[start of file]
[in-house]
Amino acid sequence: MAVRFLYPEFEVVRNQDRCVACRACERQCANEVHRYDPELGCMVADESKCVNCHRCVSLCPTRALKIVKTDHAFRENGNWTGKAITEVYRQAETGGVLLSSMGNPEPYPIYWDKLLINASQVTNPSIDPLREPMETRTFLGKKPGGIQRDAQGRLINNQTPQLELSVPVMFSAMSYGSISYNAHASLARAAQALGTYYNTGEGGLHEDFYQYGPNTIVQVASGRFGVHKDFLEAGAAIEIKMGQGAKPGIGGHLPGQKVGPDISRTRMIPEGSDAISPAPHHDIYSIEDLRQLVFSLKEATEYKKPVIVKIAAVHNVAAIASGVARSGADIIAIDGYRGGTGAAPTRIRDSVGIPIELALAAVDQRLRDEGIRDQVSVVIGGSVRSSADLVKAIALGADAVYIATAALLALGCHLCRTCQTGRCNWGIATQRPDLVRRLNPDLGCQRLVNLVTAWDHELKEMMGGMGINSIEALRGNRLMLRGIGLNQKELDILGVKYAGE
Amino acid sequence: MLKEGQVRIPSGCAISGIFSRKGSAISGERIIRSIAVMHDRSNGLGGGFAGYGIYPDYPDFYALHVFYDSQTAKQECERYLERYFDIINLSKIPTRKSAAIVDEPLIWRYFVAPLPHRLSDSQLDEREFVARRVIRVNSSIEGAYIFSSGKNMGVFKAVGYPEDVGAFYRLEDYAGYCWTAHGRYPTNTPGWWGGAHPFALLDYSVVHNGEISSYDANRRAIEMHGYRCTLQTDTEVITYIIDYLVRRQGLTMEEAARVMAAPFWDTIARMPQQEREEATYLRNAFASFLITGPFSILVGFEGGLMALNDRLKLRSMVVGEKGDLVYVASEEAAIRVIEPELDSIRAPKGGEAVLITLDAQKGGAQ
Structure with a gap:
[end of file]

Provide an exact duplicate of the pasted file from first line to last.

[in-house]
Amino acid sequence: MAVRFLYPEFEVVRNQDRCVACRACERQCANEVHRYDPELGCMVADESKCVNCHRCVSLCPTRALKIVKTDHAFRENGNWTGKAITEVYRQAETGGVLLSSMGNPEPYPIYWDKLLINASQVTNPSIDPLREPMETRTFLGKKPGGIQRDAQGRLINNQTPQLELSVPVMFSAMSYGSISYNAHASLARAAQALGTYYNTGEGGLHEDFYQYGPNTIVQVASGRFGVHKDFLEAGAAIEIKMGQGAKPGIGGHLPGQKVGPDISRTRMIPEGSDAISPAPHHDIYSIEDLRQLVFSLKEATEYKKPVIVKIAAVHNVAAIASGVARSGADIIAIDGYRGGTGAAPTRIRDSVGIPIELALAAVDQRLRDEGIRDQVSVVIGGSVRSSADLVKAIALGADAVYIATAALLALGCHLCRTCQTGRCNWGIATQRPDLVRRLNPDLGCQRLVNLVTAWDHELKEMMGGMGINSIEALRGNRLMLRGIGLNQKELDILGVKYAGE
Amino acid sequence: MLKEGQVRIPSGCAISGIFSRKGSAISGERIIRSIAVMHDRSNGLGGGFAGYGIYPDYPDFYALHVFYDSQTAKQECERYLERYFDIINLSKIPTRKSAAIVDEPLIWRYFVAPLPHRLSDSQLDEREFVARRVIRVNSSIEGAYIFSSGKNMGVFKAVGYPEDVGAFYRLEDYAGYCWTAHGRYPTNTPGWWGGAHPFALLDYSVVHNGEISSYDANRRAIEMHGYRCTLQTDTEVITYIIDYLVRRQGLTMEEAARVMAAPFWDTIARMPQQEREEATYLRNAFASFLITGPFSILVGFEGGLMALNDRLKLRSMVVGEKGDLVYVASEEAAIRVIEPELDSIRAPKGGEAVLITLDAQKGGAQ
Structure with a gap: